Sunday, October 08, 2006

bye-bye summer breakfast

I haven't really talked yet about the fact that summer ended and fall began. It's a subtle transition here in LA -- you won't see too many leaves changing, and T-shirts and flip-flops won't leave you shivering quite yet -- but I still sense it. There's a change in what I feel like eating. As much as I love summer, and I actively loved this summer, I'm already at the point where I will pass up cool light summer salads, with their berries or nectarines or perfectly ripe tomatoes, for the cozy warmth of soup -- butternut squash maybe, or a rich mushroom chowder (wow, that sounds so good I wish I had some now!).

But for some reason, I'm still holding a candle for summer breakfasts. With the sun beating down through the open window on a weekend morning, a sweet summer fruit only needed a little yogurt, pita, and a cup of tea to make a light meal and bring a little of what was going on outside to my kitchen table. I'm still not quite ready to start the mornings with something warm and comforting, but I know it's coming. I had a breakfast the other day that was entirely satisfying, but I was a little sad to realize how, in a few weeks time, I would surely pass it up for a bowl of stone-ground oatmeal to help me ward off the autumn morning chill.

Anyway, here are a couple pictures of summer breakfasts past, and a recipe for the best scrambled eggs I've ever made -- which, unlike white pants or the perfect peach, can be easily accessorized to fit all four seasons.

simple and yum

polenta with heavy, oozy, supersweet peaches

scrambled eggs, dressed for summer (Mediterranean summer, apparently)

Scrambled Eggs

3 things inspired this recipe:
  1. My dear friend Rachel got me Ina Garten's Barefoot Contessa Parties! for my birthday. Ina manages to make everything more delicious than it would have been without her intervention, and scrambled eggs are no exception: she adds heavy cream and serves them with parmesan cheese. Duh.
  2. In a recent conversation with my friend Jason, truly the most gastronomically knowledgeable person I know, we traded fun facts we had learned from Harold McGee's On Food and Cooking, a tome of endless nuggets about the inner workings of food. When I offered up the best way to cope with a wasabi attack (inhale through nose, exhale through mouth), he countered with McGee's method for perfect scrambled eggs: double boiler. I scoffed at this. Scrambled eggs are the humblest of breakfasts, at home in small town diners, dormitory dining commons, and even harried home kitchens. I simply can't get behind that kind of fuss for such a unfussy dish. But I got the point: slow cooking, constant stirring. The resulting texture is transcendent.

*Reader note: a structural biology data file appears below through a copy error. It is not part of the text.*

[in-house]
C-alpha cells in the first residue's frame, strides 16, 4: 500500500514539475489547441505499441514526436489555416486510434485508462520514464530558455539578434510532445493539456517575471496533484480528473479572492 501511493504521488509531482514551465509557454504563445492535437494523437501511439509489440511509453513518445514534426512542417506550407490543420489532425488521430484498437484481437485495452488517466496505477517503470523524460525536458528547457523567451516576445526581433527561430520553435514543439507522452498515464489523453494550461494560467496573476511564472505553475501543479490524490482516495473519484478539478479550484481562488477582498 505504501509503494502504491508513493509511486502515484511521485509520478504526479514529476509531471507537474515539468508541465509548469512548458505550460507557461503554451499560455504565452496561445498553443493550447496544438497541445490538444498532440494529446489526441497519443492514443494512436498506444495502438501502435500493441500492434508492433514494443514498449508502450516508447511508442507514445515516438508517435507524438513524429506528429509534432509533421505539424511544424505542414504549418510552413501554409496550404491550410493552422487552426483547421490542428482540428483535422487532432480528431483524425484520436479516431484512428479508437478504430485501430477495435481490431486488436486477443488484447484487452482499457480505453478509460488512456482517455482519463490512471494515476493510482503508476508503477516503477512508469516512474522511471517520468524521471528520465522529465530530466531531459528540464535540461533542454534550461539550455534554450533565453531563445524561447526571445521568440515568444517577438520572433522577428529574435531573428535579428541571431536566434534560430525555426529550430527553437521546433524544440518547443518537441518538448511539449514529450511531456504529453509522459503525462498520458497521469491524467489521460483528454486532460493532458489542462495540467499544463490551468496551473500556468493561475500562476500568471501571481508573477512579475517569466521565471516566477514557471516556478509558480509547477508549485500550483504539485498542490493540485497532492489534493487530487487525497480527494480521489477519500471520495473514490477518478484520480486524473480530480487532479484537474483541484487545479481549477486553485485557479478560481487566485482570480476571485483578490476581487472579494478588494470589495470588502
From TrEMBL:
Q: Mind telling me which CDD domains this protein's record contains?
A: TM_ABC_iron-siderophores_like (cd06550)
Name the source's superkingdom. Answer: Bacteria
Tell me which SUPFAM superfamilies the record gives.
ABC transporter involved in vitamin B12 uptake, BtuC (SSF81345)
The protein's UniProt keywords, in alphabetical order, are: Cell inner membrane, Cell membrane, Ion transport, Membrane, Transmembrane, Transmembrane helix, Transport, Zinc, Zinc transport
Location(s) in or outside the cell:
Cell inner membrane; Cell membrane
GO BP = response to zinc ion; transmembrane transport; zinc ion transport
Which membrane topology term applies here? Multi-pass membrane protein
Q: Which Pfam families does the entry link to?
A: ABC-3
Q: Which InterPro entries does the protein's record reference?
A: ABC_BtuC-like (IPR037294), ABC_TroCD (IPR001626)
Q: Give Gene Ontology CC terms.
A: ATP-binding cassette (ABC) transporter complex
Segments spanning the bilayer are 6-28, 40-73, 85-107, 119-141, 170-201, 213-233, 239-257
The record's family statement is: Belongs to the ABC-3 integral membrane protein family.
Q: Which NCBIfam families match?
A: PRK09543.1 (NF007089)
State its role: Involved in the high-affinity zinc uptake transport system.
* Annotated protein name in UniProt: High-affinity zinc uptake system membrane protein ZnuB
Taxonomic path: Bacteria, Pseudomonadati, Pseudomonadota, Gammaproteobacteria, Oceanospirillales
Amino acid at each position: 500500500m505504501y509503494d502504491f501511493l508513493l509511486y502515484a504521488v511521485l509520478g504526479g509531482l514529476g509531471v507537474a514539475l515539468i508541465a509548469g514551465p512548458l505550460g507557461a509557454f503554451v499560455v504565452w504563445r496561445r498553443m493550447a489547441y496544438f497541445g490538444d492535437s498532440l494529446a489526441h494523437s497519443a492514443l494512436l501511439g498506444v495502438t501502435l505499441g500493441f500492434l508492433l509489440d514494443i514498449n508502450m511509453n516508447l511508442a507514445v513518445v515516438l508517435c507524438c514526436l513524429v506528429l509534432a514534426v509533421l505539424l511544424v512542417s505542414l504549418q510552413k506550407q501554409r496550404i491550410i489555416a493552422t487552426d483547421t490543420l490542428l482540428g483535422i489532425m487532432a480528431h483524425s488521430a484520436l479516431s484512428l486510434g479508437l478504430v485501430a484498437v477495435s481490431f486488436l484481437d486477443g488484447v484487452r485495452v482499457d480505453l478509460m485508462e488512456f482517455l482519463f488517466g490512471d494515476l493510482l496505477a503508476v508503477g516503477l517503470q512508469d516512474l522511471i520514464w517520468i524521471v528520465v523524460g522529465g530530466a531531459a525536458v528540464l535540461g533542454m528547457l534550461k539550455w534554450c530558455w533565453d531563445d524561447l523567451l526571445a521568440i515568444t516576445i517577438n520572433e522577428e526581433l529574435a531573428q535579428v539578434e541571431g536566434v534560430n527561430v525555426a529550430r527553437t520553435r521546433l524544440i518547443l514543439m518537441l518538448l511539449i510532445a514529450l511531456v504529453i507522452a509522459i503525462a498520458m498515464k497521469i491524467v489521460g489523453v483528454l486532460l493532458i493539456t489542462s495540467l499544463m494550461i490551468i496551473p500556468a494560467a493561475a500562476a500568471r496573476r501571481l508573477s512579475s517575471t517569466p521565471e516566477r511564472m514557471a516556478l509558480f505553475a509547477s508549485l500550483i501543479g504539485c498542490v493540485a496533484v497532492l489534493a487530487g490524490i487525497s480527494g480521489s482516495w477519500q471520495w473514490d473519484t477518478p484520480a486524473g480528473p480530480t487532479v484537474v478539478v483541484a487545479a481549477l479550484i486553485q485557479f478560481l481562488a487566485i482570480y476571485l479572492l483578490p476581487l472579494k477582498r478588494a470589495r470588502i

3. I have a bag of cotija cheese in my refrigerator right now. What the hell am I supposed to do with a bag of cotija cheese? (This is not a rhetorical question by the way -- I am open to suggestions.) Anyway, it kind of looks like parmesan.
2 eggs
1/2 Tbs cream (half-and-half or milk will do)
1/2 Tbs crumbled cotija cheese (in a pinch, substitute parmesan or crumbled feta)
small pat butter
salt and pepper to taste

Whisk eggs, cream, and cheese in a small bowl. Melt butter in a skillet over low heat. Add eggs, and cook stirring constantly, until eggs have thickened, but not completely hardened. Season with salt and pepper.

Serves 1

1 comment:

  1. About a year or so ago, I discovered that adding some cream cheese to scrambled eggs before whisking significantly improves the lightness and texture. Maybe it's the extra fat. Happily, it also works with low fat cream cheese.